The BRC has been banging the drum for a business rates freeze for several years now. We’ve worked hard with campaign partners but we’ve reached a point where we felt a rethink was needed.
The BRC has been banging the drum for a business rates freeze for several years now. We’ve worked hard with campaign partners – particularly Retail Week - and others across the industry, and while it’s helped to keep the issue riding high in the headlines, we reached a point where we felt a rethink was needed.
The decision to refocus the BRC’s campaigning activity on business rates wasn’t one that we took lightly or in haste, but one based on extensive research and consultation with members. And far from making a u-turn, we’re actually stepping up a gear, by refocusing our energies on what we think will deliver the biggest long-term benefits for retailers and the communities they serve.
There have been numerous conversations on the issue, but one key turning point was recognising that £1bn - the estimated annual cost to the Treasury for applying a freeze across all business rates payers – felt like an unrealistic ask. With that in mind, we shifted to exploring how we push for the greater goal of long term reform.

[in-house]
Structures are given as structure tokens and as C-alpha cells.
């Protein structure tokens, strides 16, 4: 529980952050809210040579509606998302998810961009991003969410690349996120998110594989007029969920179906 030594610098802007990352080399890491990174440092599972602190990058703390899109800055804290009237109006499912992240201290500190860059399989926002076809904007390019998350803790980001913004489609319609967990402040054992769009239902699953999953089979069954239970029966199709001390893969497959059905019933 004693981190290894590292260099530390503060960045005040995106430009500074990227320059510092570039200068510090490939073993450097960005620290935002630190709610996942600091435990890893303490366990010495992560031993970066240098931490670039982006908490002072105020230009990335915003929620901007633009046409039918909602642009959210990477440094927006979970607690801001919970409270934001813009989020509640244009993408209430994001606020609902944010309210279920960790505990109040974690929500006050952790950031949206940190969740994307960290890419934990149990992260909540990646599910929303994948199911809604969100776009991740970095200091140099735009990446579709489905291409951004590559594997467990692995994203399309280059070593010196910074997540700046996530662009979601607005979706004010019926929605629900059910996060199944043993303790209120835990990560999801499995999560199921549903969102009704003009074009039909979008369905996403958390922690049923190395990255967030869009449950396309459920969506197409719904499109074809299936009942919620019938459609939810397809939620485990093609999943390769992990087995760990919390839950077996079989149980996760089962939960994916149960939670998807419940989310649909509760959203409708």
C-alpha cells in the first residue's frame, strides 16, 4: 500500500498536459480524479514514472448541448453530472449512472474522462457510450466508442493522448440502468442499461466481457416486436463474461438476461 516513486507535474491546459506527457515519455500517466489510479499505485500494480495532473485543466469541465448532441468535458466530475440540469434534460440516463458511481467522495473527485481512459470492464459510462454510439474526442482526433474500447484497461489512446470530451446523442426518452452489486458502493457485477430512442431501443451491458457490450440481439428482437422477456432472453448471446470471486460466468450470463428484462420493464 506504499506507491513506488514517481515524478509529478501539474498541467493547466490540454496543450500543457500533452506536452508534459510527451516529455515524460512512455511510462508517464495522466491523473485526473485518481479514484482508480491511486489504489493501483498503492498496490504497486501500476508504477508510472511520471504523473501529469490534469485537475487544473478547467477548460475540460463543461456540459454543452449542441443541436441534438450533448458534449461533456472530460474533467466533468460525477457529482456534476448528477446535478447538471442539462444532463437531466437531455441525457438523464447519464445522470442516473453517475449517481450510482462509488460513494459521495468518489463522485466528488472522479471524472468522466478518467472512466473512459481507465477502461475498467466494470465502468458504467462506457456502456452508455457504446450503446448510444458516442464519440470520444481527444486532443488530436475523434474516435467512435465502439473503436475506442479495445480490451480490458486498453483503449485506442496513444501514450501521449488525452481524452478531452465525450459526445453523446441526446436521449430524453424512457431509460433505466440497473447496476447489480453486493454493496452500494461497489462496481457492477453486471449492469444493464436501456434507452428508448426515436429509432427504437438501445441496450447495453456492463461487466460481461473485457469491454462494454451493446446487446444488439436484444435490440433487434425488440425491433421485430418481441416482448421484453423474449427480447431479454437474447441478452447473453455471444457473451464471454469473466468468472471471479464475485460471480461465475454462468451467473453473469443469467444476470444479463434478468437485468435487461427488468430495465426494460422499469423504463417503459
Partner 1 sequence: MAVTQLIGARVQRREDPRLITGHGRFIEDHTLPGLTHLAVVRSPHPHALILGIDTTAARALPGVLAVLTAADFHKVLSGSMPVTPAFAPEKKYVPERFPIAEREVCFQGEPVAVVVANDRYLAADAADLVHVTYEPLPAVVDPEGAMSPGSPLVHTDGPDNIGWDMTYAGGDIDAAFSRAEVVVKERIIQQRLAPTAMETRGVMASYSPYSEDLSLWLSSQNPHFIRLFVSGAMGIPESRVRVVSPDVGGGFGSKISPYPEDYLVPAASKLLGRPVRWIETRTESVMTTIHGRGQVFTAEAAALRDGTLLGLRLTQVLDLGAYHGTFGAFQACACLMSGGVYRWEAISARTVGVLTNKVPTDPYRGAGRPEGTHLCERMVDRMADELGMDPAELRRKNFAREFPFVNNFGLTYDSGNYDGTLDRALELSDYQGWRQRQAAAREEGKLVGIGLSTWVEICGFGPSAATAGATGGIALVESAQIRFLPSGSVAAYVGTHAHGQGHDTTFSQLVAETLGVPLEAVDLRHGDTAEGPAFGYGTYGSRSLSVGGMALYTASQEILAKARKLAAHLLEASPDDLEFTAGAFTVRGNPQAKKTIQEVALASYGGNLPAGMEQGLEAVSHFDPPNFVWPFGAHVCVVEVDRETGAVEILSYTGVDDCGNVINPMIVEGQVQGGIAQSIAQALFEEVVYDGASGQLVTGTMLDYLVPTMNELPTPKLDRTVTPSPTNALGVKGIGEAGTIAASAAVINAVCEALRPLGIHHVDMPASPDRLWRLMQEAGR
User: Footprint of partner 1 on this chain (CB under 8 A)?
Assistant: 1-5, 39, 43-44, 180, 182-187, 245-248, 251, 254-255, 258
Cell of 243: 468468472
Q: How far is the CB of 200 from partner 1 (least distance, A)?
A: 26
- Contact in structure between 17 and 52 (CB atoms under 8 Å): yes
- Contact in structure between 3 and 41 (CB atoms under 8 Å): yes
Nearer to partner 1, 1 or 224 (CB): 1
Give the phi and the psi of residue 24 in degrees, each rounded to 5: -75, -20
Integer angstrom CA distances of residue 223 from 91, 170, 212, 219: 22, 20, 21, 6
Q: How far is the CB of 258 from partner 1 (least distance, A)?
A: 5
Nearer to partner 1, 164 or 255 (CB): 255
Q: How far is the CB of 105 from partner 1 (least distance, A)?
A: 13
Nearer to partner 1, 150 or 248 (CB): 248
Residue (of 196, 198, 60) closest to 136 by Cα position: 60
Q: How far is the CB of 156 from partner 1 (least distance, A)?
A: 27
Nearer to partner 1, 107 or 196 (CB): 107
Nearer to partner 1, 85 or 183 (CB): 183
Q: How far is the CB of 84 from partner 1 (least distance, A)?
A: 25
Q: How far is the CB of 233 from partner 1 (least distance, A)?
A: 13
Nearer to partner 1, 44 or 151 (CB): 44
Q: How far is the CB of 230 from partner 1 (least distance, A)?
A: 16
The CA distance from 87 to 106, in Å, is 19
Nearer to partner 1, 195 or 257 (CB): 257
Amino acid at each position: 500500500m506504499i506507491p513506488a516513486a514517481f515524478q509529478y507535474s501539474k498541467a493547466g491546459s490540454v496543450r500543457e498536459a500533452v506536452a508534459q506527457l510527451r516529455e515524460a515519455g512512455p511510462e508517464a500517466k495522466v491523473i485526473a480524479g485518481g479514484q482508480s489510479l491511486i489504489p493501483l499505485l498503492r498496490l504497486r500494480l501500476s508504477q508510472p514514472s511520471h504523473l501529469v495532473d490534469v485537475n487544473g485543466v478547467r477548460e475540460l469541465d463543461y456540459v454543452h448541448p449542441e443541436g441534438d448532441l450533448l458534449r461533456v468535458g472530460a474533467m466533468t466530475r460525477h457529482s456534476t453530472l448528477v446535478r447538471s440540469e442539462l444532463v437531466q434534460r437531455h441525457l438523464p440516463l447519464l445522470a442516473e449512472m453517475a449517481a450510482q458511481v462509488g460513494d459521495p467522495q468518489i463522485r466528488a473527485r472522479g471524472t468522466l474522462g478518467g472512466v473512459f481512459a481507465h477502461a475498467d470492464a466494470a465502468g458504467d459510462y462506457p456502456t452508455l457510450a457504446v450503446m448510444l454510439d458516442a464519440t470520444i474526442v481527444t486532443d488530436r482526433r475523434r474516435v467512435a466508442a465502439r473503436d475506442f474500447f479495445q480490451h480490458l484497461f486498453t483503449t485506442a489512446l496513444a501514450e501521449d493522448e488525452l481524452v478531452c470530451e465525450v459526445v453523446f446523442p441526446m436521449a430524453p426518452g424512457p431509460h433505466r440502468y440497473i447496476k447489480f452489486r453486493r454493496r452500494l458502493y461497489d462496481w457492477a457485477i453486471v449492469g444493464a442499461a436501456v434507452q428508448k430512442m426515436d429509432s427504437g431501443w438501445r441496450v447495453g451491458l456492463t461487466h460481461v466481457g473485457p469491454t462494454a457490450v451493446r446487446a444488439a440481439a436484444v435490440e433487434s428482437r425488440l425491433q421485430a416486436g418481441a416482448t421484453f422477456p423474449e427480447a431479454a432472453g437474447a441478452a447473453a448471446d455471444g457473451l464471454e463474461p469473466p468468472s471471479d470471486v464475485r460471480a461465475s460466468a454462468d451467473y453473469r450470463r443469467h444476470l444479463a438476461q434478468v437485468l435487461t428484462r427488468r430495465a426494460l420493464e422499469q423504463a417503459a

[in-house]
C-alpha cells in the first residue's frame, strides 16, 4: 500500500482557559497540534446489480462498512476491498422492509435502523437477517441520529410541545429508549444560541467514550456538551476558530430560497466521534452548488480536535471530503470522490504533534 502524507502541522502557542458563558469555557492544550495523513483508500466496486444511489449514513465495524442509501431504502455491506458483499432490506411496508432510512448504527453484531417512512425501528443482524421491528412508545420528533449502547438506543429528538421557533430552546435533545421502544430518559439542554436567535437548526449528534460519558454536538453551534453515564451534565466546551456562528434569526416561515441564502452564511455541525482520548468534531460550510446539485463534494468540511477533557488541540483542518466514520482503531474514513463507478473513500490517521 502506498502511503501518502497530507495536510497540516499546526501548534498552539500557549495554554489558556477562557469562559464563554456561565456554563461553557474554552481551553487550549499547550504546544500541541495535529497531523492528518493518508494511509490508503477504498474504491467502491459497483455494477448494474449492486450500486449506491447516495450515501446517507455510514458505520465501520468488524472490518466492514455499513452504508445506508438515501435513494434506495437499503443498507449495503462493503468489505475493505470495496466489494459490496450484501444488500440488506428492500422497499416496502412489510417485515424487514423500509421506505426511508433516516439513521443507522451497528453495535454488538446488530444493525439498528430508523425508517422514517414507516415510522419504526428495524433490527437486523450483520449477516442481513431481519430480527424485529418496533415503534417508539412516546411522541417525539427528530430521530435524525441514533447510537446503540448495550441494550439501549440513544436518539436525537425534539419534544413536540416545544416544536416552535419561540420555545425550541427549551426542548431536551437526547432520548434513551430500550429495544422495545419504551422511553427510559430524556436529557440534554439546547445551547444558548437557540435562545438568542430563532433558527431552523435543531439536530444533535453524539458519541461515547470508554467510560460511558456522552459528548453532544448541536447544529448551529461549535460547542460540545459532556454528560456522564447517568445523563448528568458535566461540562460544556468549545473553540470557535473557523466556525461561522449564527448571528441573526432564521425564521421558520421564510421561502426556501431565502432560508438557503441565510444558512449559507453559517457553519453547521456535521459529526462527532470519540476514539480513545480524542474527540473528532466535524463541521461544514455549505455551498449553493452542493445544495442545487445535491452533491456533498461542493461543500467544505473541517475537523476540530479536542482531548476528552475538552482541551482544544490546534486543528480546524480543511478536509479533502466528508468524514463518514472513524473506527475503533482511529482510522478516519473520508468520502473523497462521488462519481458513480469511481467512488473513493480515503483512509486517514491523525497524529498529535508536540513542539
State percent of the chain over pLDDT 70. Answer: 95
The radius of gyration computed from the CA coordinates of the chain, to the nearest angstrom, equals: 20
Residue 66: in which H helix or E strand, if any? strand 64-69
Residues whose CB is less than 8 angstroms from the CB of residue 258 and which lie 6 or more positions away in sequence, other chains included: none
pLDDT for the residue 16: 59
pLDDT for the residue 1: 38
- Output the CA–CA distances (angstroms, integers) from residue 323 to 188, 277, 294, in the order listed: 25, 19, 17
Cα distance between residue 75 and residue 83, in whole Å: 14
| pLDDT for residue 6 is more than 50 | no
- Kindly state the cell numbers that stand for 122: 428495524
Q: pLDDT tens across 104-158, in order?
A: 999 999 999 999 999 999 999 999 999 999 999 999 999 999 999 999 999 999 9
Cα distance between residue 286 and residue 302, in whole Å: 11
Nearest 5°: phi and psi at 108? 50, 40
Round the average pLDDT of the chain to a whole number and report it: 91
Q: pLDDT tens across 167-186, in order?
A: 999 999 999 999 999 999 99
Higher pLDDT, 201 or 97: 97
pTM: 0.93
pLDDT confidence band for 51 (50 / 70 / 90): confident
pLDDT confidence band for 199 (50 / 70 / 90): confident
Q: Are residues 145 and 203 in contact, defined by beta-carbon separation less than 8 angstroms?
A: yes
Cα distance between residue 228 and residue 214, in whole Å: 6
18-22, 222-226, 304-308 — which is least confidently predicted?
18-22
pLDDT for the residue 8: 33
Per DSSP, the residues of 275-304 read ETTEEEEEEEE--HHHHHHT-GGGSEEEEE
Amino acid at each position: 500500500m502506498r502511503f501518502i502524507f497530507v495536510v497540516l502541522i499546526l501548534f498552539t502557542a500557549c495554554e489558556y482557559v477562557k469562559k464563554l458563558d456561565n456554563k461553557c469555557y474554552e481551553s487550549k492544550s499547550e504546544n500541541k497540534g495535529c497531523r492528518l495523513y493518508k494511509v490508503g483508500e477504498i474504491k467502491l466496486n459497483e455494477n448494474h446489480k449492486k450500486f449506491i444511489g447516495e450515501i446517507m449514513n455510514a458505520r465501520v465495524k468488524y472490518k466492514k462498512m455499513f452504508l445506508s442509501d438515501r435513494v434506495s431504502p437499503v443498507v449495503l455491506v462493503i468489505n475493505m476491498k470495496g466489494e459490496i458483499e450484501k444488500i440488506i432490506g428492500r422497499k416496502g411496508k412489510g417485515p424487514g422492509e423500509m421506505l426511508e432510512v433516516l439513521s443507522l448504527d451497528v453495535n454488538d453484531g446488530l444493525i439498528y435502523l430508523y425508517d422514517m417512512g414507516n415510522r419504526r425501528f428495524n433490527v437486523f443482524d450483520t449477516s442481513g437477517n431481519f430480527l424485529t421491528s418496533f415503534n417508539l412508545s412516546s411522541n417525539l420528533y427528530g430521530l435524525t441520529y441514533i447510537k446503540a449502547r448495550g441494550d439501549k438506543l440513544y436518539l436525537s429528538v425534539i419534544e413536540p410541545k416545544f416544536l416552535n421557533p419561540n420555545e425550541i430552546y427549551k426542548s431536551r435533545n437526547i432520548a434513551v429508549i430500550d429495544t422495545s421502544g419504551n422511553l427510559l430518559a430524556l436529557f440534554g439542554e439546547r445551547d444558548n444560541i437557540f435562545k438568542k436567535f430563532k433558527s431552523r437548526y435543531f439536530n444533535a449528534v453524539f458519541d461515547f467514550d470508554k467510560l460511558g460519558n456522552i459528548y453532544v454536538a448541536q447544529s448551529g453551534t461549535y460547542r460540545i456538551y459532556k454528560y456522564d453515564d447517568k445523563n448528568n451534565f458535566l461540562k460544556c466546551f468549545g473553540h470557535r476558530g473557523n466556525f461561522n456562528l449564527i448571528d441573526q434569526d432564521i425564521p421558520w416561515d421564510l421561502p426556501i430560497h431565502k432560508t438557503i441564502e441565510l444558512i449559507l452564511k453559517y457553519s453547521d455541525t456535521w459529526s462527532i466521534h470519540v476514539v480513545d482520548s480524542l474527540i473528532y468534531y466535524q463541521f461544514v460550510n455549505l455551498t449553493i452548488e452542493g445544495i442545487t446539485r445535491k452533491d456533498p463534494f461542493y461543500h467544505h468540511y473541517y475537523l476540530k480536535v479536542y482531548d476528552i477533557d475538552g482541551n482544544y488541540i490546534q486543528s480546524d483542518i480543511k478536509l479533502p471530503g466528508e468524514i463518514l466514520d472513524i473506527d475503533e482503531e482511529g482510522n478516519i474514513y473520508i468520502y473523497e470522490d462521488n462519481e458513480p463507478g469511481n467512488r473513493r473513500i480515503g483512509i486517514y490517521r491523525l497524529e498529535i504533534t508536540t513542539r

BRC members have told me loud and clear that the rates system is unfit for purpose, and fundamentally out of step with the way the industry operates in the 21st Century. Getting it right once and for all will be a complex and lengthy exercise, but it’s one which will deliver far greater gains in the long run.
A freeze is an admirable aspiration, but even if there was one, it wouldn’t be enough to address the significant impact that business rates are having on local jobs, town centres and communities. We have broad consensus from our members that this is a system which needs a comprehensive healthcheck, not just a short-term sticking plaster.
Making the case for reform is our longer term objective, but while we step up these efforts we’ll also be joining calls for a cap on business rates. Our members wouldn’t want us to be silent in the short term, and we think that this is a realistic and achievable ask which will ease some pressure while the details of what reform will look like are being worked through.
There are some weighty tasks ahead, but we’re confident that we’ve listened to members and that we’re channelling our energies towards what will deliver the biggest difference in the long term. Business rates have threatened the health of our town centres for too long – we need to seize the chance to sort out this outdated system before it does even more damage.
- Helen Dickinson is the director general of the British Retail Consortium